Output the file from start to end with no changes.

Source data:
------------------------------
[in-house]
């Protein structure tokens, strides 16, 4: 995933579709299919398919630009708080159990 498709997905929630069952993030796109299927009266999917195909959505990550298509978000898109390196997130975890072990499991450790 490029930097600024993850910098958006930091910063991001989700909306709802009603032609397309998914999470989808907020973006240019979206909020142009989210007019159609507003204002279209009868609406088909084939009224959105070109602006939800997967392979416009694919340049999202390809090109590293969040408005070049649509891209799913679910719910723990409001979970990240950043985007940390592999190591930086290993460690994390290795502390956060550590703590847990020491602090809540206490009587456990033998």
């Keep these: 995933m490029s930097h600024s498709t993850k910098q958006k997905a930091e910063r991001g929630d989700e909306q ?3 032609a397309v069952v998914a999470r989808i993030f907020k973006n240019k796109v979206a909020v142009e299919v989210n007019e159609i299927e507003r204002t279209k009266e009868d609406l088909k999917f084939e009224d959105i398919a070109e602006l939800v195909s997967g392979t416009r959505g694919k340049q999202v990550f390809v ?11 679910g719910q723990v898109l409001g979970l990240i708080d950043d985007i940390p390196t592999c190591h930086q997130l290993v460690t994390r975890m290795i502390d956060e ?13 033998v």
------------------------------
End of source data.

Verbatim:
[in-house]
């Protein structure tokens, strides 16, 4: 995933579709299919398919630009708080159990 498709997905929630069952993030796109299927009266999917195909959505990550298509978000898109390196997130975890072990499991450790 490029930097600024993850910098958006930091910063991001989700909306709802009603032609397309998914999470989808907020973006240019979206909020142009989210007019159609507003204002279209009868609406088909084939009224959105070109602006939800997967392979416009694919340049999202390809090109590293969040408005070049649509891209799913679910719910723990409001979970990240950043985007940390592999190591930086290993460690994390290795502390956060550590703590847990020491602090809540206490009587456990033998």
């Keep these: 995933m490029s930097h600024s498709t993850k910098q958006k997905a930091e910063r991001g929630d989700e909306q ?3 032609a397309v069952v998914a999470r989808i993030f907020k973006n240019k796109v979206a909020v142009e299919v989210n007019e159609i299927e507003r204002t279209k009266e009868d609406l088909k999917f084939e009224d959105i398919a070109e602006l939800v195909s997967g392979t416009r959505g694919k340049q999202v990550f390809v ?11 679910g719910q723990v898109l409001g979970l990240i708080d950043d985007i940390p390196t592999c190591h930086q997130l290993v460690t994390r975890m290795i502390d956060e ?13 033998v």